Best Jewish Civil Weddings, Interfaith,Top Sydney Celebrant Nitza Lowenstein - Nitza

Nitza Lowenstein
Nitza Lowenstein Marriage Celebrant
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Best Jewish Civil Weddings, Interfaith,Top Sydney Celebrant Nitza Lowenstein

Multicultural Weddings ►
Jewish Civil Weddings & Jewish Wedding Rituals
 Nitza Lowenstein is a celebrant with Deep sympathy, respect & understanding of
 All Cultures, Religions & nationalities
 Love does not know any religious or cultural boundaries”
Nitza has established an enviable reputation as one of Australia´s best Marriage celebrant for mixed weddings...
 The wedding of a Jewish Bride or Groom
 with
 a partner from a different religion or nationality
  Nitza has successfully performed hundreds of mixed marriages, since 1995.
It is a challenging task combing the different rituals in a meaningful way, without turning the ceremony into a mockery or insulting family members or guests.
Each family has its own expectations to how a wedding should be celebrated and conducted.
 Nitza was the 1st celebrant in Australia to officiate Jewish Civil weddings, interfaith weddings!
She is still the BEST!
When Nitza was appointed as a celebrant, in 1995, the common view was that a civil ceremony is not the "real" thing, it is just a legal necessity, and you cannot really compare it to a Synagogue or Temple wedding.
 Nitza, as a Jewish celebrant, has recognized the importance of the ceremony to the bride, groom and their families and took upon herself the challenge of creating the “real thing” within the civil ceremony.
 She created it by Incorporating ancient customs, values, symbols, rituals & traditions,
a civil ceremony that reflects the Bride and the Groom's ethnic backgrounds, religions & traditions.
 Nitza is proud to offer you, a Jewish civil ceremony that is a proper alternative to a Synagogue wedding.
 By including rituals & customs from your Jewish background, even just one ritual such as “Breaking of the Glass”, the other partner demonstrates respect and full acceptance of his “partner for life”,
including their religious & ethnic background and their extended family.
 It makes your life as a married couple much easier.
Remember that is not about being religious or about God.
 Be proud of your identity, your family and who you are.
 It will be special to include in your "Big Day" the unique customs & rituals that were developed and practiced for centuries, for this very special occasion.
 Nitza’s Jewish style ceremony is very inclusive and she explains the symbolism of the rituals for everyone to understand & appreciate.

Let's talk: 0418453865 nitza.lowenstein@gmail.com
The challenge of creating the right ceremony
For Jewish Style weddings
As an experienced and perceptive celebrant, I have recognized the fact that it is always a dilemma for “mixed” couples when it comes to the wedding ceremony.
 Interfaith or mixed religions couples, if one is Jewish, often ask:
 Should we have a simple & neutral secular ceremony,
just the necessary legalities,
without any acknowledgement of our heritage"?
 How do we do it, if we want to reflect who we are?
 How many symbols and rituals should we include?
 What sort of balance should we have?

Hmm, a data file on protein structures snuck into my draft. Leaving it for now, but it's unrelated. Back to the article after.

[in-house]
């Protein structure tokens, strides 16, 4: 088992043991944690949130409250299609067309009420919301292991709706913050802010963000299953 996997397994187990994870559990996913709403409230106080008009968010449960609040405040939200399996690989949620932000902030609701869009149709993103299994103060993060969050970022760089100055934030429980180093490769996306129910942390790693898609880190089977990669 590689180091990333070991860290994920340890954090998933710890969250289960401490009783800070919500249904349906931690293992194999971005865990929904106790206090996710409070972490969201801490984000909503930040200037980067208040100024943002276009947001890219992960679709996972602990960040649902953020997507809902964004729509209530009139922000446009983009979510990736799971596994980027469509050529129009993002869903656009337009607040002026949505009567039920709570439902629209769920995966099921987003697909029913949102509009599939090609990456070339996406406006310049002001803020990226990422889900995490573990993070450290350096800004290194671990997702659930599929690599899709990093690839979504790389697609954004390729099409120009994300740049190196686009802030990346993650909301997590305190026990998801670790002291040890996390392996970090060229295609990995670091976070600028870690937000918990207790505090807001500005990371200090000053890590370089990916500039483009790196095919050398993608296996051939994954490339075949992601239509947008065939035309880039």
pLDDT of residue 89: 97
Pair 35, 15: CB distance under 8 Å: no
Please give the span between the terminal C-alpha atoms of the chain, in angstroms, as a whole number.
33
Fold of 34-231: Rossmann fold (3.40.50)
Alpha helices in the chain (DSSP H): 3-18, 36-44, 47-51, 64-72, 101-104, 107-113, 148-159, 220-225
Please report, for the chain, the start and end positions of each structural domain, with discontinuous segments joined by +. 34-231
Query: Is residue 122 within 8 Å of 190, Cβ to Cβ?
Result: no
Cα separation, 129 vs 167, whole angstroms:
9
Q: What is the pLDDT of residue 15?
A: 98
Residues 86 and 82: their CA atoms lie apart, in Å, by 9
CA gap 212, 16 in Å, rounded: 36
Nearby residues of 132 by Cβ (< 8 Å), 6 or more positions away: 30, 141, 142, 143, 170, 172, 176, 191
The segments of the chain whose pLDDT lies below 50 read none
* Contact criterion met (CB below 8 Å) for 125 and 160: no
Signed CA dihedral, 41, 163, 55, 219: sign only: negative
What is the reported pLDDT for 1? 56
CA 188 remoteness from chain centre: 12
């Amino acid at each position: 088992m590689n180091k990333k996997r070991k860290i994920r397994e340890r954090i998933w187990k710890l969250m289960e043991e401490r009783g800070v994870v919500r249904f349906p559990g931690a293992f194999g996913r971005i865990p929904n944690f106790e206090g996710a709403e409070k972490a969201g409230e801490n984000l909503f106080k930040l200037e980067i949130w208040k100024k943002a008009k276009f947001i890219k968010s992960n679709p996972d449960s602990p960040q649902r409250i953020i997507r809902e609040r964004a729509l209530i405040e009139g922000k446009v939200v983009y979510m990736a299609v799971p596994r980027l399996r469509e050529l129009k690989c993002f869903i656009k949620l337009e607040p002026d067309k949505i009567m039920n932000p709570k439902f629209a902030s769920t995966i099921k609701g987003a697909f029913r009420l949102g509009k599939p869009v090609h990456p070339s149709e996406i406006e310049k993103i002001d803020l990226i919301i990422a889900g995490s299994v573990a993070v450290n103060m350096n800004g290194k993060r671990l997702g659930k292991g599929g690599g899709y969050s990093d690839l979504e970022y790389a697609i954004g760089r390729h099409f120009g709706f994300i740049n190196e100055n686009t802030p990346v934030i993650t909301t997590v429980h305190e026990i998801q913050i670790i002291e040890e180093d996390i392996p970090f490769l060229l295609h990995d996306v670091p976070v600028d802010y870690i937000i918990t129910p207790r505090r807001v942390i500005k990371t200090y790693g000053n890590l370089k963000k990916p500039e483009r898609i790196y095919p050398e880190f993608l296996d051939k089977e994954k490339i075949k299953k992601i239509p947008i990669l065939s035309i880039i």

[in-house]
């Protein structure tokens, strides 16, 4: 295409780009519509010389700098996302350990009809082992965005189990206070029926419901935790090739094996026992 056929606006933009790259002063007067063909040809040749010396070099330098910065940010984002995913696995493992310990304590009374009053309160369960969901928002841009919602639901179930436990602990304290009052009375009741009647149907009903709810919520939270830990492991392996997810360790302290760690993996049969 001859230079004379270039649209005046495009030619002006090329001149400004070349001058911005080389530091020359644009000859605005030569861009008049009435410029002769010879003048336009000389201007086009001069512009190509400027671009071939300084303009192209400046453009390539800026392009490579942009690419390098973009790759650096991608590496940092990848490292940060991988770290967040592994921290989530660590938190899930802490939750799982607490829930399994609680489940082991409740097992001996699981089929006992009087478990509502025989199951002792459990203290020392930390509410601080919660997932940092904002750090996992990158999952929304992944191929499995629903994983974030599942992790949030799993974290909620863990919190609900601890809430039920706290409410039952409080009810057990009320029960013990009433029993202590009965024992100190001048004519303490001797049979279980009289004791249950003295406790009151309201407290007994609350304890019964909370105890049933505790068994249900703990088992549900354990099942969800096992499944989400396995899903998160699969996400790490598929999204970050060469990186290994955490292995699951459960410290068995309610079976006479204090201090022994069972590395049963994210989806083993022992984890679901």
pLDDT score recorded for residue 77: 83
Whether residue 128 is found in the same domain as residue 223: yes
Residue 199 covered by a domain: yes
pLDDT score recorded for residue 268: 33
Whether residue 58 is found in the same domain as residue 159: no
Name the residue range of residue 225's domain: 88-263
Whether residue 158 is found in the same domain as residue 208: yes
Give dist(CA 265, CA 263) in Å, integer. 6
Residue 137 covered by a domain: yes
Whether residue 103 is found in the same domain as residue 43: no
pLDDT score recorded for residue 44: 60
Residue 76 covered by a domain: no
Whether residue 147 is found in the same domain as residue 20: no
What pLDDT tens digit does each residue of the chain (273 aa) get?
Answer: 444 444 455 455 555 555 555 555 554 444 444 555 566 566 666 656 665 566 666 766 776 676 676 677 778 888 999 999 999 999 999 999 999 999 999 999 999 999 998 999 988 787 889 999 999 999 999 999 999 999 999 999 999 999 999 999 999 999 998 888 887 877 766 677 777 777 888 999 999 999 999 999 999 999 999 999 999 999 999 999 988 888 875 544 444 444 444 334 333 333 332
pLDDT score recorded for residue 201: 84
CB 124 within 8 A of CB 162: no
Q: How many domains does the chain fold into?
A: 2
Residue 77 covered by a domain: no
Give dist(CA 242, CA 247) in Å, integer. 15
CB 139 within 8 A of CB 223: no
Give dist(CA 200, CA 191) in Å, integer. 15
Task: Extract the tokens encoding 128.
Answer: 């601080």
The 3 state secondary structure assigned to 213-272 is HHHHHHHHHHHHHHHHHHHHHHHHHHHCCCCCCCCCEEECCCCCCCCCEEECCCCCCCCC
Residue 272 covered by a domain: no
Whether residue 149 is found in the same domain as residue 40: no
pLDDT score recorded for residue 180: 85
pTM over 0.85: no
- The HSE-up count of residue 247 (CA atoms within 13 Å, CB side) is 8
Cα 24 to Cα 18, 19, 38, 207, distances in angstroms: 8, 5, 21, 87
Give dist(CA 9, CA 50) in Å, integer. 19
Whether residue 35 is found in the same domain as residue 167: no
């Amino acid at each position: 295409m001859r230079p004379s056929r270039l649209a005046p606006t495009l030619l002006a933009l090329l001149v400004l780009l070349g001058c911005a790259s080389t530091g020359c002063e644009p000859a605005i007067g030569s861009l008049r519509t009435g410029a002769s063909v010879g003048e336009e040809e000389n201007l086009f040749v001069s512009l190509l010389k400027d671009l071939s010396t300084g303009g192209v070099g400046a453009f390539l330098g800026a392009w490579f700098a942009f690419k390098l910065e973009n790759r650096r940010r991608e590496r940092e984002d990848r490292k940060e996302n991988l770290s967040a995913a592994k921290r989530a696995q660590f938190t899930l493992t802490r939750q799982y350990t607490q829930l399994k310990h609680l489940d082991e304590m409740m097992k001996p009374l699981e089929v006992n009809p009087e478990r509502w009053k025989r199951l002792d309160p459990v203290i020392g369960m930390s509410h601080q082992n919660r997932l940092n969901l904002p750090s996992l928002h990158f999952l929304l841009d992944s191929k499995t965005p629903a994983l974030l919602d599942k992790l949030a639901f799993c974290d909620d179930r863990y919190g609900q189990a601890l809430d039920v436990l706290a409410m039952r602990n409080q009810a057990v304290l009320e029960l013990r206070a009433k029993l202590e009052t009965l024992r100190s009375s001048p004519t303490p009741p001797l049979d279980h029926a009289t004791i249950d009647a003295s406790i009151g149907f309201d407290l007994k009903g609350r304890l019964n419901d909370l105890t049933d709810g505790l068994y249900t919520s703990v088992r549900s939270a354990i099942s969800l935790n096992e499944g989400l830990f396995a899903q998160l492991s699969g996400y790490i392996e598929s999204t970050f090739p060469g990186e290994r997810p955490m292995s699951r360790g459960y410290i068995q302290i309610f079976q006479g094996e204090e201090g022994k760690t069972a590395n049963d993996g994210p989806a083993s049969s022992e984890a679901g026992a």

How do we combine the two cultures?
 My continuous challenge
 To create the ceremony, for each couple that will combine and  reflect the cultures, religions & traditions of both, the bride and  groom, in a meaningful way.
 A ceremony that will express respect, acceptance and tolerance of each other
 I listen carefully to find out what are the specific ideas and needs of each couple
 Some couples want very little rituals and some, the lot!
 Attendance of a priest
some couples would like their family priest to attend as well.
I had a few weddings between Jews and Catholics, where the priest participated with me in the ceremony.
In these cases, it was my responsibility is to ensure that the way that it was done was acceptable for the Jewish family.

Why should you consider me
to officiate your interfaith/multicultural, Jewish wedding?
My background, education, experience, knowledge, enables me to provide you with a personal and meaningful civil ceremony, which can include all of the traditions & rituals of many religions/cultures & a Jewish marriage ceremony.
Being a Jewish celebrant & speaking Hebrew fluently
Makes all the difference...
 In Australia, if one the partner is not Jewish, you cannot get married in a synagogue!
No Rabbi, reform conservative or orthodox will officiate a “mixed” wedding.
In order to get married in the synagogue or in the reform Temple, the non-Jewish partner must convert into Judaism.
I can assist you with a civil ceremony, with a Jewish flavour.
You can decide “How much” flavour (Jewish rituals….)
 My best recommendation is the thousands of people who attended my ceremonies since 1995
 I can also assure you that your ceremony will be very different to the one that I had officiated for your friend.
There are no two ceremonies alike and each wedding has its own unique dynamics.
 The secret success of my ceremonies
 The ceremony must also be inclusive in a way that everyone attending, regardless of their background, knowledge or religion will understand what's going on, will feel part of it and will be able to relate to it.
So I explain all the customs & rituals that we include, as part of the ceremony.
Everyone is included.
It gives the families so much comfort and joy, to have in the ceremony, their own familiar rituals and the acknowledgement of who they are.